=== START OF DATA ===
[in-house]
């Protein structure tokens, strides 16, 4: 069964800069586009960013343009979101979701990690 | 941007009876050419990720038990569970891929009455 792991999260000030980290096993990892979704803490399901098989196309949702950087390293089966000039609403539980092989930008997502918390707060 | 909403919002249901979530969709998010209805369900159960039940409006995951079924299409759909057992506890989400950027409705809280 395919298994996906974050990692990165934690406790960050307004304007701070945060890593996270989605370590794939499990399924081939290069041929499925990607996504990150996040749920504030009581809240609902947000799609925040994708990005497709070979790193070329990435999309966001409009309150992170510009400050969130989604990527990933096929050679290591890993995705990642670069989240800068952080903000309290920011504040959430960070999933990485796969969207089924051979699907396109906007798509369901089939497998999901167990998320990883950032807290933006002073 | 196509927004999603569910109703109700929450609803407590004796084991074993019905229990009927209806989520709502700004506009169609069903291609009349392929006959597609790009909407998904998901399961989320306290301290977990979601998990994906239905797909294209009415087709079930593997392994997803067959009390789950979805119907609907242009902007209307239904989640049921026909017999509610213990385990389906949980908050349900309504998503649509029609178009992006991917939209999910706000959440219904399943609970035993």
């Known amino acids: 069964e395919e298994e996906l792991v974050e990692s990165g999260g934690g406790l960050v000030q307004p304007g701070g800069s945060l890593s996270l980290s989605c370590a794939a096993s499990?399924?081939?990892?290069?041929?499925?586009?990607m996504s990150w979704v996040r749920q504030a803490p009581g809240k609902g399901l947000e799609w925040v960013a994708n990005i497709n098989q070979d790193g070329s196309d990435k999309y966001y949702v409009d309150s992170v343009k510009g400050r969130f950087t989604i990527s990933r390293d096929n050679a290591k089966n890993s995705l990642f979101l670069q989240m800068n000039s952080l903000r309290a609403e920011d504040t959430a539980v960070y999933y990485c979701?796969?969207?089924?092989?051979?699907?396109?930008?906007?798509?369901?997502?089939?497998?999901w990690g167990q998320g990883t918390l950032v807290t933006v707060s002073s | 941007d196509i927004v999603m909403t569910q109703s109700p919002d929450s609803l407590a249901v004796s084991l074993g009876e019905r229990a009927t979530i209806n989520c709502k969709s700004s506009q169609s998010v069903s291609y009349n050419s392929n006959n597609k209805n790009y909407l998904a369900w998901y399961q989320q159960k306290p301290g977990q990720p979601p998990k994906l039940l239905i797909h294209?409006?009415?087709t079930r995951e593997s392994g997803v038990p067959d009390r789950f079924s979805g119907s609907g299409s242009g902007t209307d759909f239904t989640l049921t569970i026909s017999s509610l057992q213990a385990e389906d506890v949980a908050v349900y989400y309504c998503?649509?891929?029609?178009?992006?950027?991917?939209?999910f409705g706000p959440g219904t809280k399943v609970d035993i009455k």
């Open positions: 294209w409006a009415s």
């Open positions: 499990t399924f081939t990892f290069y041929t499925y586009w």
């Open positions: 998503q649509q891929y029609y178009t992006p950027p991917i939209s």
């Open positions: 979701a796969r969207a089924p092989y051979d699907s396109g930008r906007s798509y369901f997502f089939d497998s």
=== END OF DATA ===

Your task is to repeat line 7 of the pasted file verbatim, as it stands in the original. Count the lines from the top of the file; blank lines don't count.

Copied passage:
């Open positions: 979701a796969r969207a089924p092989y051979d699907s396109g930008r906007s798509y369901f997502f089939d497998s």